Alessandro Cagliostro

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Alessandro Cagliostro

Count Alessandro di Cagliostro (Italian: [alesˈsandro kaʎˈʎɔstro]; 2 June 1743 – 26 August 1795) was the alias of the occultist Giuseppe Balsamo ([dʒuˈzɛppe ˈbalsamo]; in French usually referred to as Joseph Balsamo).

Cagliostro was an Italian adventurer and self-styled magician. He became a glamorous figure associated with the royal courts of Europe where he pursued various occult arts, including psychic healing, alchemy and scrying. His reputation lingered for many decades after his death, but continued to deteriorate, as he came to be regarded as a charlatan and impostor, this view fortified by the savage attack of Thomas Carlyle (1795-1881) in 1833, who pronounced him the "Prince of Quacks". Later works—such as that of W.R.H. Trowbridge (1866-1938) in his Cagliostro: the Splendour and Misery of a Master of Magic (1910)—attempted a rehabilitation.

Biography[edit]

Origin[edit]

The history of Cagliostro is shrouded in rumour, propaganda, and mysticism. Some effort was expended to ascertain his true identity when he was arrested because of possible participation in the Affair of the Diamond Necklace.

Johann Wolfgang von Goethe relates in his Italian Journey that the identification of Cagliostro with Giuseppe Balsamo was ascertained by a lawyer from Palermo who, upon official request, had sent a dossier with copies of the pertinent documents to France. Goethe met the lawyer in April 1787 and saw the documents and Balsamo's pedigree: Balsamo's great-grandfather Matteo Martello had two daughters: Maria, who married Giuseppe Bracconeri; and Vincenza, who married Giuseppe Cagliostro. Maria and Giuseppe Bracconeri had three children: Matteo; Antonia; and Felicità, who married Pietro Balsamo (the son of a bookseller, Antonino Balsamo, who had declared bankruptcy before dying at age 44). The son of Felicità and Pietro Balsamo was Giuseppe, who was christened with the name of his great-uncle and eventually adopted his surname, too. Felicità Balsamo was still alive in Palermo at the time of Goethe's travels in Italy, and he visited her and her daughter.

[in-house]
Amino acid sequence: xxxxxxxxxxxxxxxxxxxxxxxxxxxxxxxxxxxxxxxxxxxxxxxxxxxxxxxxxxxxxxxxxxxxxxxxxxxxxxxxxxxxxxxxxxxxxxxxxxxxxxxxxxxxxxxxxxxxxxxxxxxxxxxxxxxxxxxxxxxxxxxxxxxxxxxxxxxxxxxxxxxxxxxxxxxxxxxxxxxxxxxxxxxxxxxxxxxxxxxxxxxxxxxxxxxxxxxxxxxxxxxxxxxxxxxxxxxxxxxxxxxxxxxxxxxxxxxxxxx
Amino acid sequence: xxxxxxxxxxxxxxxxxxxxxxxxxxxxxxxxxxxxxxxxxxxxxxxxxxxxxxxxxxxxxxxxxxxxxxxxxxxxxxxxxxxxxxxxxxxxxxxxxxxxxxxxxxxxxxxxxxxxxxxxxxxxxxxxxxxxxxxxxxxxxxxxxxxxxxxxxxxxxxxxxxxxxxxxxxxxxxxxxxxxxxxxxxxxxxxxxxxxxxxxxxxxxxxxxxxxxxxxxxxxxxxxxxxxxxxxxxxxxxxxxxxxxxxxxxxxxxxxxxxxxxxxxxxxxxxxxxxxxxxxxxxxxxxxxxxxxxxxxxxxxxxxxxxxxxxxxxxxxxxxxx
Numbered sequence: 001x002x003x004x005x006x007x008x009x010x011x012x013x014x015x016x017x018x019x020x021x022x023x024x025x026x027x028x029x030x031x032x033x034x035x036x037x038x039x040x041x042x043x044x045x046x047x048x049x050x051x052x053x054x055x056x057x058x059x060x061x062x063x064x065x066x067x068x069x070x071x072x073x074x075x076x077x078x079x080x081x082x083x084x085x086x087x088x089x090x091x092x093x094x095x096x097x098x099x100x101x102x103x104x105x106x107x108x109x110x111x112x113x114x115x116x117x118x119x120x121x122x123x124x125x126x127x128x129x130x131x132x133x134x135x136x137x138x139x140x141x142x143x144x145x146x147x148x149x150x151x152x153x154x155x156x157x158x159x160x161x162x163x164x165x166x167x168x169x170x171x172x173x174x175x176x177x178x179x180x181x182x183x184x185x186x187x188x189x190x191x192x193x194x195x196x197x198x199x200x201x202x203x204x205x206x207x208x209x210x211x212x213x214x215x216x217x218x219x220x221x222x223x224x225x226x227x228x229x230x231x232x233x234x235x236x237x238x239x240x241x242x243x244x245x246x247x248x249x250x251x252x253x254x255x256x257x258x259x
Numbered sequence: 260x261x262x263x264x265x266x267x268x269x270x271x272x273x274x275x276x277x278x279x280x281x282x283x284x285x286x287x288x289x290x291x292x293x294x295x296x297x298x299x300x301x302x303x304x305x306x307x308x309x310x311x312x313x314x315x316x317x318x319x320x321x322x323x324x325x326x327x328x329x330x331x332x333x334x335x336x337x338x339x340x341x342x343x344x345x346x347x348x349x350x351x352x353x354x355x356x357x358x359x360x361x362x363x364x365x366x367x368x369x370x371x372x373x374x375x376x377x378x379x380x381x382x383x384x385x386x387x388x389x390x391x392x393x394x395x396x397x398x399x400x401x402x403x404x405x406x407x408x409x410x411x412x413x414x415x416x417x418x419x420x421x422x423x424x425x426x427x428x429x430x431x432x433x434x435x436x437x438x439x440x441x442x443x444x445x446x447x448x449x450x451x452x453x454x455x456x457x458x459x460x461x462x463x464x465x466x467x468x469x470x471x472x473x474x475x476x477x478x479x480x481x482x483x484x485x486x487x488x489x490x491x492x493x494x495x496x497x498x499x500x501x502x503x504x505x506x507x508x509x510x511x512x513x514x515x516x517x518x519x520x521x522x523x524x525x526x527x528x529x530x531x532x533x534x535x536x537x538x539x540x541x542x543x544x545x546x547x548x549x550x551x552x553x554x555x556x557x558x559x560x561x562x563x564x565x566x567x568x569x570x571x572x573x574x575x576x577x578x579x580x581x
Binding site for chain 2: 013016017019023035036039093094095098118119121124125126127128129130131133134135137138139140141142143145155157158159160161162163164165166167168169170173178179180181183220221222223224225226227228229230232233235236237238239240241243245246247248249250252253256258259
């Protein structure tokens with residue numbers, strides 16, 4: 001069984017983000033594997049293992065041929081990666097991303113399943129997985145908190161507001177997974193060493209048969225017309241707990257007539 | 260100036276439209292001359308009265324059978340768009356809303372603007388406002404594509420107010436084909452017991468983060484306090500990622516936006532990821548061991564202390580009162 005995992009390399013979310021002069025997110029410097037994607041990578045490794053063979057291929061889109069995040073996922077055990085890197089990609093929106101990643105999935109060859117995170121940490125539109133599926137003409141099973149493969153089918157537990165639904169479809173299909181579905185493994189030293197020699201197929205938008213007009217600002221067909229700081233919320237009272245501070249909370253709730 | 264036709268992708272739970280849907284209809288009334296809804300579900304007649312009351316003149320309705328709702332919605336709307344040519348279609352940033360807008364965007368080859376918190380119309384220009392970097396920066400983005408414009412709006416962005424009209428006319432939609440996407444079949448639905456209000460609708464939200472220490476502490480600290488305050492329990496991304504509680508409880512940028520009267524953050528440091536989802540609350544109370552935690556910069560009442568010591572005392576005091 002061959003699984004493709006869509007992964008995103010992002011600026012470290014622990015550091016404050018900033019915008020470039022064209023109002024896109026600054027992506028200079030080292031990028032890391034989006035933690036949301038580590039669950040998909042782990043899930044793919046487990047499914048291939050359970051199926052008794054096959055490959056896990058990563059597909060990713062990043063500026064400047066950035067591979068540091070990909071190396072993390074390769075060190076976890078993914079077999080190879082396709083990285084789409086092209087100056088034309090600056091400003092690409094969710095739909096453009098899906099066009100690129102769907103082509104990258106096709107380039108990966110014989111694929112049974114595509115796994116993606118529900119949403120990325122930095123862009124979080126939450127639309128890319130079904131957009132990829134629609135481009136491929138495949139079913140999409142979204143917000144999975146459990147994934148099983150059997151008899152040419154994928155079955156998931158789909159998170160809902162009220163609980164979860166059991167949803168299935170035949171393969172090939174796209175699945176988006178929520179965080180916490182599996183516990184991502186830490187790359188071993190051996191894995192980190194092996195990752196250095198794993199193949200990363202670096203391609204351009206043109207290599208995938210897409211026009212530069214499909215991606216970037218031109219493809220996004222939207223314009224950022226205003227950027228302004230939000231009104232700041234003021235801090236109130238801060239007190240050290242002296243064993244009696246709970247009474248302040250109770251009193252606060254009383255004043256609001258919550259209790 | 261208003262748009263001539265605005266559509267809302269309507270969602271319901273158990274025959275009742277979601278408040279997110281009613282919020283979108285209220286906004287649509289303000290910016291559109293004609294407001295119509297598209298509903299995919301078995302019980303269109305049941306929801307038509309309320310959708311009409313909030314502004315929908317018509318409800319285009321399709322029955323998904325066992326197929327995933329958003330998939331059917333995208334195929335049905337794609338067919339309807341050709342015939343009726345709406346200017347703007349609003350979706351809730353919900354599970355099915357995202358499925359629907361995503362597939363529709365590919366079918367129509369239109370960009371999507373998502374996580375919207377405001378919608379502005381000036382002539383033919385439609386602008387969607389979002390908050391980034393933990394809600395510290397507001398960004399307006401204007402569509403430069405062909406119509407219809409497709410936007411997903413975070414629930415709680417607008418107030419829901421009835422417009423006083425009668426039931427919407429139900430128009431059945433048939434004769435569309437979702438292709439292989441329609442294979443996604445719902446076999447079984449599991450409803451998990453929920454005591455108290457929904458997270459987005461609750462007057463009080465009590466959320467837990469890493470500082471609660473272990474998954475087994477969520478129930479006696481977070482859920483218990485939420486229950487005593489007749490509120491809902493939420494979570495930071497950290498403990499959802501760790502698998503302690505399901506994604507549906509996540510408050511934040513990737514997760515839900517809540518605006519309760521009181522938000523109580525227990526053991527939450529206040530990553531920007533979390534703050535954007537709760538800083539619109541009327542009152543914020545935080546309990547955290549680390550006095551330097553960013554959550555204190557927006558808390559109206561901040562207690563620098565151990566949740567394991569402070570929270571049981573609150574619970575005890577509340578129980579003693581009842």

Cagliostro himself stated during the trial following the Affair of the Diamond Necklace that he had been born of Christians of noble birth but abandoned as an orphan upon the island of Malta. He claimed to have travelled as a child to Medina, Mecca, and Cairo and upon return to Malta to have been admitted to the Sovereign Military Order of Malta, with whom he studied alchemy, the Kabbalah, and magic.

Early life[edit]

He was born to a poor family in Albergheria, which was once the old Jewish Quarter of Palermo, Sicily. Despite his family's precarious financial situation, his grandfather and uncles made sure the young Giuseppe received a solid education: he was taught by a tutor and later became a novice in the Catholic Order of St. John of God, from which he was eventually expelled.[citation needed]